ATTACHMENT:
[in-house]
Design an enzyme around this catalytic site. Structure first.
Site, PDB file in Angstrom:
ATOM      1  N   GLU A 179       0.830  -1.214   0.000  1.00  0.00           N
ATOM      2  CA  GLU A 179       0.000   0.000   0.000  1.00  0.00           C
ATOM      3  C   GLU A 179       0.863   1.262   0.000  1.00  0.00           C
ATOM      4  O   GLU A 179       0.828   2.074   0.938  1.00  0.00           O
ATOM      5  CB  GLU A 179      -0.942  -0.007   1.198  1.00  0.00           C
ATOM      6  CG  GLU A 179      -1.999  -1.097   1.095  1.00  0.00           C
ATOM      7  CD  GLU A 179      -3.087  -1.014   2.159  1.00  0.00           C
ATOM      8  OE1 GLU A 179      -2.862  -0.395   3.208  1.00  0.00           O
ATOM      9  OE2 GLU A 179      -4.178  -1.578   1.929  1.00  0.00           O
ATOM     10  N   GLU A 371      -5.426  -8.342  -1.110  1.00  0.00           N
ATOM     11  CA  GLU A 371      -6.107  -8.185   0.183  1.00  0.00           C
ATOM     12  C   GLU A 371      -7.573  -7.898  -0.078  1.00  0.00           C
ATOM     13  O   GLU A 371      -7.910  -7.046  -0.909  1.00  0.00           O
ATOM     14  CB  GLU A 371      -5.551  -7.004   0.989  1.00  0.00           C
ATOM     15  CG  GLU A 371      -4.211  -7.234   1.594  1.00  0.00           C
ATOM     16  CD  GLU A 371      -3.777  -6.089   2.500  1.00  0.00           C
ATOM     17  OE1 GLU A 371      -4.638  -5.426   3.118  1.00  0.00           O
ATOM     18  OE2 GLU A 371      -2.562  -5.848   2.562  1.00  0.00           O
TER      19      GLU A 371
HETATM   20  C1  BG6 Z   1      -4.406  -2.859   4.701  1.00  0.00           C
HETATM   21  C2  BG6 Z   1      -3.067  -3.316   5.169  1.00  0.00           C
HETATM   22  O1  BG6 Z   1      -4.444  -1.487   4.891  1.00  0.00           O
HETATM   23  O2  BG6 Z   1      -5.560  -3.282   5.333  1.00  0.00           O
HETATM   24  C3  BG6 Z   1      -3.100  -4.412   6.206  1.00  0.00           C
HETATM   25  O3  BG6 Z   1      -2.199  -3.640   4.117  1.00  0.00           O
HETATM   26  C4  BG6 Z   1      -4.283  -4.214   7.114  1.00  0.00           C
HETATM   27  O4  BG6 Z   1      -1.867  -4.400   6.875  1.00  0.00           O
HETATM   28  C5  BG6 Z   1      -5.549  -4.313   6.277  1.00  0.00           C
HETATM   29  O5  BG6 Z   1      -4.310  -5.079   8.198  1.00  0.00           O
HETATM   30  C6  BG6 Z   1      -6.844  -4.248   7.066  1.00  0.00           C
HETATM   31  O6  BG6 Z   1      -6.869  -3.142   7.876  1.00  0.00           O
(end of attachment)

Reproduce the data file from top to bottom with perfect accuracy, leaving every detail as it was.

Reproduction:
[in-house]
Design an enzyme around this catalytic site. Structure first.
Site, PDB file in Angstrom:
ATOM      1  N   GLU A 179       0.830  -1.214   0.000  1.00  0.00           N
ATOM      2  CA  GLU A 179       0.000   0.000   0.000  1.00  0.00           C
ATOM      3  C   GLU A 179       0.863   1.262   0.000  1.00  0.00           C
ATOM      4  O   GLU A 179       0.828   2.074   0.938  1.00  0.00           O
ATOM      5  CB  GLU A 179      -0.942  -0.007   1.198  1.00  0.00           C
ATOM      6  CG  GLU A 179      -1.999  -1.097   1.095  1.00  0.00           C
ATOM      7  CD  GLU A 179      -3.087  -1.014   2.159  1.00  0.00           C
ATOM      8  OE1 GLU A 179      -2.862  -0.395   3.208  1.00  0.00           O
ATOM      9  OE2 GLU A 179      -4.178  -1.578   1.929  1.00  0.00           O
ATOM     10  N   GLU A 371      -5.426  -8.342  -1.110  1.00  0.00           N
ATOM     11  CA  GLU A 371      -6.107  -8.185   0.183  1.00  0.00           C
ATOM     12  C   GLU A 371      -7.573  -7.898  -0.078  1.00  0.00           C
ATOM     13  O   GLU A 371      -7.910  -7.046  -0.909  1.00  0.00           O
ATOM     14  CB  GLU A 371      -5.551  -7.004   0.989  1.00  0.00           C
ATOM     15  CG  GLU A 371      -4.211  -7.234   1.594  1.00  0.00           C
ATOM     16  CD  GLU A 371      -3.777  -6.089   2.500  1.00  0.00           C
ATOM     17  OE1 GLU A 371      -4.638  -5.426   3.118  1.00  0.00           O
ATOM     18  OE2 GLU A 371      -2.562  -5.848   2.562  1.00  0.00           O
TER      19      GLU A 371
HETATM   20  C1  BG6 Z   1      -4.406  -2.859   4.701  1.00  0.00           C
HETATM   21  C2  BG6 Z   1      -3.067  -3.316   5.169  1.00  0.00           C
HETATM   22  O1  BG6 Z   1      -4.444  -1.487   4.891  1.00  0.00           O
HETATM   23  O2  BG6 Z   1      -5.560  -3.282   5.333  1.00  0.00           O
HETATM   24  C3  BG6 Z   1      -3.100  -4.412   6.206  1.00  0.00           C
HETATM   25  O3  BG6 Z   1      -2.199  -3.640   4.117  1.00  0.00           O
HETATM   26  C4  BG6 Z   1      -4.283  -4.214   7.114  1.00  0.00           C
HETATM   27  O4  BG6 Z   1      -1.867  -4.400   6.875  1.00  0.00           O
HETATM   28  C5  BG6 Z   1      -5.549  -4.313   6.277  1.00  0.00           C
HETATM   29  O5  BG6 Z   1      -4.310  -5.079   8.198  1.00  0.00           O
HETATM   30  C6  BG6 Z   1      -6.844  -4.248   7.066  1.00  0.00           C
HETATM   31  O6  BG6 Z   1      -6.869  -3.142   7.876  1.00  0.00           O